Another type of composite hooks held squid lure. Squid lure is a misnomer, because the lures were in reality used to catch he'e, or octopus. These lures used a cowry shell, with a stone sinker to attract the octopus. The first step involved smoking the cowry shell over a fire before it could be used as a lure. The successful he’e fisherman matched the stone sinker and the cowry shell with the color and time of day. The hook was fastened to a short stick sandwiched between the shell and the stone, and protruded about two inches from the lure. The octopus would be captured when it encircled the lure and then quickly retrieved to the canoe.

The New Zealand Maori:

The Maori of New Zealand definitely made a form of fishing lure as shown. It was called a PA KAHAWAI which translates to 'Trolling Lure'. Similar to the Hawaiians there was significant ceremonial ritual around the attachment of the hand made cords and making of these items. They were made to last and a great amount of effort was invested in the gathering of the materials and manufacture of these fishing implements. 
The lure shown left is from the NZ Museum and the trolling hooks shown below are from the UK. The ancestors of the Mäori people have rich fishing traditions that date back many centuries; 
Matau (fish hooks) made by Mäori are simple, ingenious, and beautifully constructed. Pä kahawai are a trolling lure that was made with local materials including wood, shell, and bone. The fish are attracted to the flashes of movement and colour of the iridescent päua shell that line the shank. The shank could be made out of whalebone or wood. These primitive lures were sometimes decorated with feathers which added to the attraction and movement. These lures were trolled behind waka (canoes) in estuaries or close to coastlines using lines of finely plaited muka (flax fibre). Large wooden fish hooks for bigger prey such as häpuku (groper) are made from strong wood such as tauhinu tree roots which were further hardened by fire and lashed with flax fibre.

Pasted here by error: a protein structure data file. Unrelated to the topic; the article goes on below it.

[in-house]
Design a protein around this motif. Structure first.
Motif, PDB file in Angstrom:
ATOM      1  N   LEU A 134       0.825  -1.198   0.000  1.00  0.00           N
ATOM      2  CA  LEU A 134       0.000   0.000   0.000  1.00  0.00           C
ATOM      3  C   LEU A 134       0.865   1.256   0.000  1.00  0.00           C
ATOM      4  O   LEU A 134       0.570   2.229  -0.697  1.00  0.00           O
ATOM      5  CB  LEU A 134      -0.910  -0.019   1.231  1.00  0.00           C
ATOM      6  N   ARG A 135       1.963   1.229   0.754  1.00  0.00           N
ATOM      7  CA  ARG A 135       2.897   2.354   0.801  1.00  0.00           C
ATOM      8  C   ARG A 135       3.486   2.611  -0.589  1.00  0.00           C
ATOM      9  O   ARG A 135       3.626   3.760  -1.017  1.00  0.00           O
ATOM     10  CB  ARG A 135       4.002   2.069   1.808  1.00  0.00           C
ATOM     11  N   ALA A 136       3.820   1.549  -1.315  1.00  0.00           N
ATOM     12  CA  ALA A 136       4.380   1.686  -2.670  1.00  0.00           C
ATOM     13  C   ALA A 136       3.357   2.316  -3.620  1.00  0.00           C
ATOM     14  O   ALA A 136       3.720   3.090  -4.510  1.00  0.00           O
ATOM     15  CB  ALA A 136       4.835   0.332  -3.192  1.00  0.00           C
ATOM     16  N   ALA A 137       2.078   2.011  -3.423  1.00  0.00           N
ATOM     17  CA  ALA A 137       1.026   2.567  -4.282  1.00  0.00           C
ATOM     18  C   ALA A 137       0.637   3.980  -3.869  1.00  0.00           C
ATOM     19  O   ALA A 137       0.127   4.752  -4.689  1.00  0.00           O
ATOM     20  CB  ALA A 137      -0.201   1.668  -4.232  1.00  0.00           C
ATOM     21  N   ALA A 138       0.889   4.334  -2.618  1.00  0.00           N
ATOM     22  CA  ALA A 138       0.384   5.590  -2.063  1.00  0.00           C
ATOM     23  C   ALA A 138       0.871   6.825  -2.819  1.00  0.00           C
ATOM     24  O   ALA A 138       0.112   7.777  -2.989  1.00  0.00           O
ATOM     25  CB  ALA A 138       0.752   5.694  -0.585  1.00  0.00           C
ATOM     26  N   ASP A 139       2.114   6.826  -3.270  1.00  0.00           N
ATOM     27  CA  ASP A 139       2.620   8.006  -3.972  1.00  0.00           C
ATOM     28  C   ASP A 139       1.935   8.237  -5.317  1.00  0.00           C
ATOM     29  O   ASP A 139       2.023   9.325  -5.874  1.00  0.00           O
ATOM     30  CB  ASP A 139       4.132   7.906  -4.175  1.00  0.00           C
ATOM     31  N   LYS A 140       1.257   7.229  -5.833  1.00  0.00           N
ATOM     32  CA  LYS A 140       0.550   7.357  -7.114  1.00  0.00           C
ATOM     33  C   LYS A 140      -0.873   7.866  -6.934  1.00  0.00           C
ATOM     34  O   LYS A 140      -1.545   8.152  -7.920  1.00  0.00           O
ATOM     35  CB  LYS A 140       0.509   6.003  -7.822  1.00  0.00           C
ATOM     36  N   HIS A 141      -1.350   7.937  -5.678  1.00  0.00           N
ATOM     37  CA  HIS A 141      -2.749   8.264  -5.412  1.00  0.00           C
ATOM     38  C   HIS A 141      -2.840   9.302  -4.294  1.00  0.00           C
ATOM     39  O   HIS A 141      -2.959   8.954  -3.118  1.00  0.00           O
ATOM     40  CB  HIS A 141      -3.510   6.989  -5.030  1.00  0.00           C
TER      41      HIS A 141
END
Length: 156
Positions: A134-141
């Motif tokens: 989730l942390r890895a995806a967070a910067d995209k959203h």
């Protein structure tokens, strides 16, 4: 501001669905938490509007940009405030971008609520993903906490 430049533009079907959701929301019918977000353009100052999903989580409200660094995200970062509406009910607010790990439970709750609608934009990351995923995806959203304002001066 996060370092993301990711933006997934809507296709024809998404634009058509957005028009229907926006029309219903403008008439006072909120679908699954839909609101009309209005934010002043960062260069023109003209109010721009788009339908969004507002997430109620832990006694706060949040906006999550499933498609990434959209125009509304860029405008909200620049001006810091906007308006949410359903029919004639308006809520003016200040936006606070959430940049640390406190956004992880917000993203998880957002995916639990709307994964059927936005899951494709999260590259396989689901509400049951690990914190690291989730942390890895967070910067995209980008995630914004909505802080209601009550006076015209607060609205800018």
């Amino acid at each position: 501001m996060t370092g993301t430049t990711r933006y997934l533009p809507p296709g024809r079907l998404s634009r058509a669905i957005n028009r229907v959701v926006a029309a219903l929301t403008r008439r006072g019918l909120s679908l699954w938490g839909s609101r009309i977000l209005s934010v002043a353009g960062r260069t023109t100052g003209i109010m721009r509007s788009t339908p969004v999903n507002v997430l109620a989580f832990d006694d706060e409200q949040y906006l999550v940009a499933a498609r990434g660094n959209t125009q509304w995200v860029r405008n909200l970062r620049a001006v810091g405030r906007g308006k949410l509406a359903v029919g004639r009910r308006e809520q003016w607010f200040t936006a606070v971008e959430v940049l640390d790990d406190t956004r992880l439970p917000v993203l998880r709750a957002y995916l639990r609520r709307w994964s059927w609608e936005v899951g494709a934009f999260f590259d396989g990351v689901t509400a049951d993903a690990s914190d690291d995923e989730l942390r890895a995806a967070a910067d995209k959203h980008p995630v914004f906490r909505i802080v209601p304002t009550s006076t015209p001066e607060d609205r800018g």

Polynesia and Micronesia:

Polynesia includes the people of Hawaii and New Zealand but also Tonga, Samoa, Cook Islands, Tahiti and includes the Marquesas and Solomon Islands. All have a similar history when it comes to hand made fishing lures.
Micronesia includes Nauru and the Caroline, Gilbert, Mariana and Marshall Islands where people also used similar fishing techniques. 
In fact it seems that all the native island inhabitants of the Pacific region (and this includes the Australian Aboriginals) used the same variations of flashy fishing hooks with elaborate knots that could be used from canoes or small boats. 
Shown here a small lot of Polynesian/Micronesian lures that went to auction several years ago at Skinners Auctions fetching a price of approximately $2500. This included a wide variety of styles utilising abalone shell, bone and the hand woven flax lines and adornments. The lure below is specifically from the Marshall Islands.

Micronesia/Tobias Island/Phillipines:

An interesting account of a lure made in the Tobias Island which utilises the Hibiscus fibre similar to the Hawaiians which used this fibre also.